SERAPHINA, you stole my heart (and a few hours of sleep).
Dragons to die for. Yes, this book has some of the most intriguing dragons ever written. But there is so much more. Rachel Hartman has written a smart, breathtaking, funny, poignant and fresh story with a heroine so full of heart she shines like a candle in the dark. And the love interest? His heart is just as huge.
I read a lot of YA and some MG. Much of it is really good, but SERAPHINA is fabulous--a page-turner that has both substance and style. I hadn't been in a hurry to read this debut, expecting it to be a fun, lightweight fantasy that had something to do with dragons that I'd enjoy but not a story that would carry me off into an intriguingly developed and complex society.
What makes it so wonderful is the deeply-layered world building that includes cultural ramifications, such as religious beliefs and bigotries that feed into the political and personal landscapes. The main character, Seraphina, has something terrible and illegal to hide, but her astounding musical talent puts her in the spotlight and leads her into fascinating and dangerous territory.
Her father warns her to not draw attention to herself, never to play music in public, but when the flute soloist can't play at a state funeral, she has to. Here's her perspective as she sees the grieving royal family:
They needed Heaven's peace. I knew little of Saints, but I knew about sorrow and about music as sorrow's surest balm. That was comfort I could give. I raised the flute to my lips and my eyes toward the vaulted ceiling, and began to play. I began too quietly, unsure of the melody, but the notes seemed to find me and my confidence grew. The music flew from me like a dove released into the vastness of the nave; the cathedral itself lent it new richness and gave something back, as if this glorious edifice, too, were my instrument. There are melodies that speak as eloquently as words, that flow logically and inevitably from a single, pure emotion. The Invocation is of this kind, as if its composer had sought to distill the purest essence of mourning, to say, Here is what it is to lose someone.
In Seraphina's world there exists an unlikely truce between dragons and humans, but there are those on both sides who plot against it. Fear, distrust, resentment, hatred ripple through the population. Dragon-fighting knights of old have gone into exile, not willing to forget the wars they'd fought. Dragons, who can take human shape, walk among humans but they never are quite human enough, and are not trusted.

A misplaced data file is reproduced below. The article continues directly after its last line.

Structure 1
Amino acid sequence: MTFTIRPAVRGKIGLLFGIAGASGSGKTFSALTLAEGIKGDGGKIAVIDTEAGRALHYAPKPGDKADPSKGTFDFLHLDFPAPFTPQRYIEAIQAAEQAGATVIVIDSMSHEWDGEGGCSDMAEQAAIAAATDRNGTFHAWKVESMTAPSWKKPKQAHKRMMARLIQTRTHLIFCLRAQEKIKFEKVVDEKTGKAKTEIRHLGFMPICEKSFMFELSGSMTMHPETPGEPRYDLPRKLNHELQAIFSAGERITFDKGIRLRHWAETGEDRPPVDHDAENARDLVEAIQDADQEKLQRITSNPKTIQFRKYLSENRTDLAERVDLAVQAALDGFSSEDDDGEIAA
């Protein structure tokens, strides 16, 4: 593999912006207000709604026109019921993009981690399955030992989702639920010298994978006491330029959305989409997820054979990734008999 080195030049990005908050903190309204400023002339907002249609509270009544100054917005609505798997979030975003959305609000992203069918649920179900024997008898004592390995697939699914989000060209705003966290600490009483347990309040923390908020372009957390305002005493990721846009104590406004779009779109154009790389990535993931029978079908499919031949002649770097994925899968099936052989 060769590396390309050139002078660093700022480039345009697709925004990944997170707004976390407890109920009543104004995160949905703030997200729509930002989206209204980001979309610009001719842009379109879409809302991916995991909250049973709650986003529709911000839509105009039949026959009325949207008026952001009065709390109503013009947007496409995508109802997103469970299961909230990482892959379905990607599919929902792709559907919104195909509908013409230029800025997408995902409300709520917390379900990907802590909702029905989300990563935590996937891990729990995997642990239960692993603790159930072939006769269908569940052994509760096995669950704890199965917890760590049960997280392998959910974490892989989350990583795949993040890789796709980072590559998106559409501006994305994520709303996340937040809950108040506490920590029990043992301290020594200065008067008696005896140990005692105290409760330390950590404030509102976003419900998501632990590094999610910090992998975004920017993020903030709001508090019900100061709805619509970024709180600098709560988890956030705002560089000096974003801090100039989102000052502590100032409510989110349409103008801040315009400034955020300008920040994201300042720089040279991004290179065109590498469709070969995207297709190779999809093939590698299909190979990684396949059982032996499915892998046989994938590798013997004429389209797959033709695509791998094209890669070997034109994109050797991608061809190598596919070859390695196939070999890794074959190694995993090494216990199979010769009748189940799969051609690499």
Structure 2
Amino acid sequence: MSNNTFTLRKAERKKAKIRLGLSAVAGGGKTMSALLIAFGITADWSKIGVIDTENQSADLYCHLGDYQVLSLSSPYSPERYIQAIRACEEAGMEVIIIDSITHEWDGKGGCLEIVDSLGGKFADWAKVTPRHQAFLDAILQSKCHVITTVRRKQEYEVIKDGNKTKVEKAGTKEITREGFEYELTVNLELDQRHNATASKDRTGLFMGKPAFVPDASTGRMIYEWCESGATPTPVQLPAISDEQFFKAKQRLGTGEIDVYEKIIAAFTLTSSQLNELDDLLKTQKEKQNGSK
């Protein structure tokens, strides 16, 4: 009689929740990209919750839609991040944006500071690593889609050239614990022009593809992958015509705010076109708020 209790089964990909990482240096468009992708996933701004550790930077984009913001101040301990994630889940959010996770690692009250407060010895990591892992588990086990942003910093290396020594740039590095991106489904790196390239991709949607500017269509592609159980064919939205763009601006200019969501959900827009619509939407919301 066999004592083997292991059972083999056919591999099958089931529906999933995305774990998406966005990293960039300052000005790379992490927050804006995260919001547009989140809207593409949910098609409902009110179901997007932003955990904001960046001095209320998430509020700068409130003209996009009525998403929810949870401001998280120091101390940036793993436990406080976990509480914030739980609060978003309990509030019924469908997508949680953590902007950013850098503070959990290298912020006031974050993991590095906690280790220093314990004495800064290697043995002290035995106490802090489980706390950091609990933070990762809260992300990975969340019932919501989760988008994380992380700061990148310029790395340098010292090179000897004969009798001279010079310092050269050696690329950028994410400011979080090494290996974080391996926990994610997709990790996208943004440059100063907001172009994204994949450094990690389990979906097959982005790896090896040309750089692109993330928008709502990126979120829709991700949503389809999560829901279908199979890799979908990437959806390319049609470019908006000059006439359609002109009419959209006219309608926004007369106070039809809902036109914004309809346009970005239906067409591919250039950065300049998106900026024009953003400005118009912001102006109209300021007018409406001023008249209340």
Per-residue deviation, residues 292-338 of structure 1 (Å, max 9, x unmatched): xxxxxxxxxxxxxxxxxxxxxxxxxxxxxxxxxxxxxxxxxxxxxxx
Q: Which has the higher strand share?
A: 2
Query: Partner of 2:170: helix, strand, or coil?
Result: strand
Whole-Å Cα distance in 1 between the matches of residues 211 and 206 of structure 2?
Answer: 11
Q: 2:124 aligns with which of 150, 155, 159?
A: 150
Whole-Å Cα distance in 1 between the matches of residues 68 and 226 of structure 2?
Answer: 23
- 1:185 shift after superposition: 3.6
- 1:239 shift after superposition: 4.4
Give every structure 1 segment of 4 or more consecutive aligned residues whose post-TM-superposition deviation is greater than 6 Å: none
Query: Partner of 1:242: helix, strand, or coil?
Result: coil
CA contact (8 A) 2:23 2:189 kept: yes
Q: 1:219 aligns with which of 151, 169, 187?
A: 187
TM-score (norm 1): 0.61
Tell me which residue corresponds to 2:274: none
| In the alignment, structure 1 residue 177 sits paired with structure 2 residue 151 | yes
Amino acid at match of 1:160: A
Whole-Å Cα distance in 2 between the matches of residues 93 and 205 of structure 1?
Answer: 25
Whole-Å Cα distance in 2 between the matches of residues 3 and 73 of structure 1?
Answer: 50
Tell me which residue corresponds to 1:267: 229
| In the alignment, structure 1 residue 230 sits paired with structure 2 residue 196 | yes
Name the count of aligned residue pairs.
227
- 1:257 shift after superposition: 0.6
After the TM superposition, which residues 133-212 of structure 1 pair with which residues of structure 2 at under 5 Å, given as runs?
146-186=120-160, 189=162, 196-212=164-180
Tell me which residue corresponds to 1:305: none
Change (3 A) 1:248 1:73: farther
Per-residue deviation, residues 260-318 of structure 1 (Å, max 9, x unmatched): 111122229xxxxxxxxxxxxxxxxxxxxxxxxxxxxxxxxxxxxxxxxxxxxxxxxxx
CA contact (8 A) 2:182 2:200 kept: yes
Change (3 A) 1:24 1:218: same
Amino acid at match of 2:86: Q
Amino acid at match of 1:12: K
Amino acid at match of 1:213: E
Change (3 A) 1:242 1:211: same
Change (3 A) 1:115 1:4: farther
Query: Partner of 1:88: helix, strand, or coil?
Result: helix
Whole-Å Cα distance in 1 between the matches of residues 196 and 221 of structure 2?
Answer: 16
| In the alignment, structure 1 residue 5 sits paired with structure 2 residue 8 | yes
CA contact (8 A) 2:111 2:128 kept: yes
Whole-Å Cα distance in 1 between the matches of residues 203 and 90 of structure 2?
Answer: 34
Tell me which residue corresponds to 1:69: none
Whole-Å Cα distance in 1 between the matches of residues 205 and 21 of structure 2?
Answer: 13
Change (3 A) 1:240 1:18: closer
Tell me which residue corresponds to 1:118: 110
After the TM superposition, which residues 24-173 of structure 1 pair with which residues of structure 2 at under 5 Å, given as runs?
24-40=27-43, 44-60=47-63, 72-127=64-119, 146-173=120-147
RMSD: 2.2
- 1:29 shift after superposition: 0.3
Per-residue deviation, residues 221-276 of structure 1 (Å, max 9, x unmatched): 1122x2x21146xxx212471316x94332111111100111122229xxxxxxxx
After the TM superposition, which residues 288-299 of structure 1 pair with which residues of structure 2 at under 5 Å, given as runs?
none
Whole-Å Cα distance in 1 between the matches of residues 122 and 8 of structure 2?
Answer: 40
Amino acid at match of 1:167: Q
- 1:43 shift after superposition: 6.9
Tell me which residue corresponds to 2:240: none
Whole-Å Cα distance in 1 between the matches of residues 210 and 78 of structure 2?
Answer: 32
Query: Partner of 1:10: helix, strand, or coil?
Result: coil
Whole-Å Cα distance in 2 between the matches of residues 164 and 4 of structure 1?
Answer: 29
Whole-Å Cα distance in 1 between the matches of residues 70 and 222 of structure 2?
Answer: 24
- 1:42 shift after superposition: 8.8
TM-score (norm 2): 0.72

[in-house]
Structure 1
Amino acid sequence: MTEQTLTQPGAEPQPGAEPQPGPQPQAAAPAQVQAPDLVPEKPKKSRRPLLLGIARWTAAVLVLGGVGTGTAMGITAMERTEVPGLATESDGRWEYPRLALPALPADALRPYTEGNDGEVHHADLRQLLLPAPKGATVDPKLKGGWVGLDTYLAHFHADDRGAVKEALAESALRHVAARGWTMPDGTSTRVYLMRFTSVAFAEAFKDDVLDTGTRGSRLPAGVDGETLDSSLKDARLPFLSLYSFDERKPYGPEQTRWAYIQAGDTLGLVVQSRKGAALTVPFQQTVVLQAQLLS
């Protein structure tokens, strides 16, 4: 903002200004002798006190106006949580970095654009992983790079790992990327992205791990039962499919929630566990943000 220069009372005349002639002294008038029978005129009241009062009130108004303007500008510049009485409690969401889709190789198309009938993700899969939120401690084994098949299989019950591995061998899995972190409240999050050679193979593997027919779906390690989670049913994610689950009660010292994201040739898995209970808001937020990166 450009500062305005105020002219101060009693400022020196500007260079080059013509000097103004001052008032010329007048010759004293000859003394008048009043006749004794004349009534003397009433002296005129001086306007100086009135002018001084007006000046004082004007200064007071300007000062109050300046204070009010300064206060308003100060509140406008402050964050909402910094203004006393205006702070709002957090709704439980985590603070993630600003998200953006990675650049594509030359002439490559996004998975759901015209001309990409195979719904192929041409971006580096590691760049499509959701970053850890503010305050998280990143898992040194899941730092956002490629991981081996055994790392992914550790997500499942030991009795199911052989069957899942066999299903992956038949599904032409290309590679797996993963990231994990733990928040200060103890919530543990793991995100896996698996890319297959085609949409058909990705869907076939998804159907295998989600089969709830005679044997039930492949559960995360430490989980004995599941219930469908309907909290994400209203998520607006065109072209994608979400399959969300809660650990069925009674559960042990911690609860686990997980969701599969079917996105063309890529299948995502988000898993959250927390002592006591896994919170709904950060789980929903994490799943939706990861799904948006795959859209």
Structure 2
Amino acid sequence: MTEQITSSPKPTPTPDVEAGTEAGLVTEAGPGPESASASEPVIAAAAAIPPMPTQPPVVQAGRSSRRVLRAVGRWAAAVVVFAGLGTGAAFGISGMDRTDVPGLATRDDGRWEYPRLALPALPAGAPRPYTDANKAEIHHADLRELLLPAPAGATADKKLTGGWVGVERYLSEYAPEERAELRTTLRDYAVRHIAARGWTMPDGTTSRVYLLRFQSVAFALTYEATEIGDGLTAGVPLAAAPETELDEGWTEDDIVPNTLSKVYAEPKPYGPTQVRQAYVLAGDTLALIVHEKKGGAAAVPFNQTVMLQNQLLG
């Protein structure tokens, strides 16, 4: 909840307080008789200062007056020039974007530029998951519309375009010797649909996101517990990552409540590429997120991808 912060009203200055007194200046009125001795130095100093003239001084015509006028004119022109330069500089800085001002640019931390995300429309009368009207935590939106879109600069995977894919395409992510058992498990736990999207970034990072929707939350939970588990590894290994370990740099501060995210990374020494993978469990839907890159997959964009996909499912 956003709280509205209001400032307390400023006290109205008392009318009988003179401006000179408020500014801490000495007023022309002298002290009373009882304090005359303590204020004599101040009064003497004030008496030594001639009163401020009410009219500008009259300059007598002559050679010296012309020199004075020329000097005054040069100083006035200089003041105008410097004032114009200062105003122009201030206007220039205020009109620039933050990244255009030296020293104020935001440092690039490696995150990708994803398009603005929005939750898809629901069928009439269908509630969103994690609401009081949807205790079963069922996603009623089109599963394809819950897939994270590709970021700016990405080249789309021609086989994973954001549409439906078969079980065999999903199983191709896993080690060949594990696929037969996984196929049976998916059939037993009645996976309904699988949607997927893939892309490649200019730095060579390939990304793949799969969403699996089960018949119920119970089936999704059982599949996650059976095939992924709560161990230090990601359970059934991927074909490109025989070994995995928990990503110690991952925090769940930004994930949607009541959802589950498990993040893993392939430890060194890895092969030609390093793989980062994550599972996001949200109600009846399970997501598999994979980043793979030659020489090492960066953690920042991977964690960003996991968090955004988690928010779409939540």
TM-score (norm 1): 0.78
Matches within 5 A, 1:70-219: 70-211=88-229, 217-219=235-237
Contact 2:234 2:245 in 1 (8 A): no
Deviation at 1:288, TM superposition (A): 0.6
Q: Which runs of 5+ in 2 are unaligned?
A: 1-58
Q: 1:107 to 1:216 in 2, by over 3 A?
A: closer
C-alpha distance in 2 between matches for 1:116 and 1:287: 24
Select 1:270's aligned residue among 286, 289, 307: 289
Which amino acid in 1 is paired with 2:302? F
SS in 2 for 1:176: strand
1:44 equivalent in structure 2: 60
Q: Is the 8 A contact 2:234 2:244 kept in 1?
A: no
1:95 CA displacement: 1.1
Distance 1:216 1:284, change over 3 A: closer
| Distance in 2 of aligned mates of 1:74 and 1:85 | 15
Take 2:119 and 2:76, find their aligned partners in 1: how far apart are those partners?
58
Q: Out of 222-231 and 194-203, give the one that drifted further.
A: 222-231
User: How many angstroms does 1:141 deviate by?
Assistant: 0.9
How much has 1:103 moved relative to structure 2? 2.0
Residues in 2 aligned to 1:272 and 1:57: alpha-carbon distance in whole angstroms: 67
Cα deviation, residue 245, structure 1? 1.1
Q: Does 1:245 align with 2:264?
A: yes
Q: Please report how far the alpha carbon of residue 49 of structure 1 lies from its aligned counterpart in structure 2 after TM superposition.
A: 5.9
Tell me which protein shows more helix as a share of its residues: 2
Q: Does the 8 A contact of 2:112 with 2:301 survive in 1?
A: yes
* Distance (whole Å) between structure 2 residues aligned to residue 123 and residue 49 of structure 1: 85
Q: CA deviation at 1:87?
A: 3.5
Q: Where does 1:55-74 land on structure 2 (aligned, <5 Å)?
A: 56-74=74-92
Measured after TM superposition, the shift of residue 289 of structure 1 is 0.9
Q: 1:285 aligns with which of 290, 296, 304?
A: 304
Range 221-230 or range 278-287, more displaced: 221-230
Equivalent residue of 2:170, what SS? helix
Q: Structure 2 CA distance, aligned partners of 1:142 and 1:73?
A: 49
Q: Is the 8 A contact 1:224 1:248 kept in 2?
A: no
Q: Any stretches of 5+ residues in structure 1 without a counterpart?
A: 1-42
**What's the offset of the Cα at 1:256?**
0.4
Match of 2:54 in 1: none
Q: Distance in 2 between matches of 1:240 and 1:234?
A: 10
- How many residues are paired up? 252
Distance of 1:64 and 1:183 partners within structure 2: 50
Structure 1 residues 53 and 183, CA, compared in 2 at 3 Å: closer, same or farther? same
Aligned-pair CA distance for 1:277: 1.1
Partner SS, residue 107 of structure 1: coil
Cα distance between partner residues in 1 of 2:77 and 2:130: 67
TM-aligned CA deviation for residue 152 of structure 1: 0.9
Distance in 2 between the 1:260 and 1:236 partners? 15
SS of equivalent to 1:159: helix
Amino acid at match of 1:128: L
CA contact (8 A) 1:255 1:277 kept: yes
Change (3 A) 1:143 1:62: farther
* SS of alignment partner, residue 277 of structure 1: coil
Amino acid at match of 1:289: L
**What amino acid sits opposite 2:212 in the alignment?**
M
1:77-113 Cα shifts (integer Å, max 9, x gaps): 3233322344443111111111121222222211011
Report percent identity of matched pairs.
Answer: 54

Along with the gripping tale, Hartman's writing soars and sings. Here's another sample of her style near the beginning of this 451-page novel:
He declined to tell me goodbye, as was his usual custom; he turned without a word and took off toward the cathedral. Its facade blazed red with the setting sun; Orma's retreating figure made a dark hatch mark against it. I watched until he disappeared around the end of the north transept, and then I watched the space where he had vanished. I barely noticed loneliness anymore; it was my normal condition, by necessity if not by nature. After today's stresses, though, it weighed on me more than usual. Orma knew everything about me, but he was a dragon. On a good day, he was friend enough. On a bad day, running into his inadequacy was like tripping up the stairs. It hurt, but it felt like my own fault. Still, he was all I had.
I wouldn't cope well with the crap we all step in from time to time if it weren't for this world giving me stunners like this:
When nature is glorious my spirit soars. I put my feet in the sea, reach for the sky and drag in the air. Have you ever gone flying in your dreams? It feels so right. Like we somehow in daily life forget how natural it is to let go and just be.
And, yes, I titled this post using a phrase that popped in my head but is also the title of a brilliant novel by Jandy Nelson. I'd reviewed it some time ago but never forgot the story of a girl upended by grief at the sudden death of her sister. Here's the unforgettable last line of the first chapter: It's as if someone vacuumed up the horizon while we were looking the other way. I know that empty, lost feeling too well. I think I need to read the book again, to remember how this story, which is also funny and passionate, never forgets the grief but discovers purpose--a place to flourish in this world.
We've all been buried by grief. We've all cowered from our demons or learned to stand up to them. We've all been betrayed by someone we trusted. We've all lost confidence at one time or another. Or, at least, I believe these things are universal.
But there is healing. There is beauty. There is hope.
Several times a year, large, well-shaped waves fire up in Venice Beach. When they do, professional surf photographers show up ready to snap pictures of pros repped by companies selling boards, clothes, etc. Look closely and you'll see there's a guy in the curl of that wave.
It's all about seizing the moment, being ready for opportunity and willing to take a chance, which is useful no matter what you do. My life has been stressed and chaotic of late, so I'm trying to carve out time here and there to write and keep up with all you lovely people.
There is a great quote attributed to Thomas Edison: "Opportunity is missed by most people because it is dressed in overalls and looks like work."
I intend to get out my tools (I have a new book THE PLOT WHISPERER WORKBOOK that will be a lot of work, without doubt, but also may take my rewrite to a new level.) That's what I'm striving for: the big wave.
Lastly, please check out my last post about the release of THE SECRET UNDERGROUND by Natalie Bahm if you haven't and consider buying a copy to help the family of a very sick little boy. Jayden, poor wee thing, is back in the hospital again. Thank you.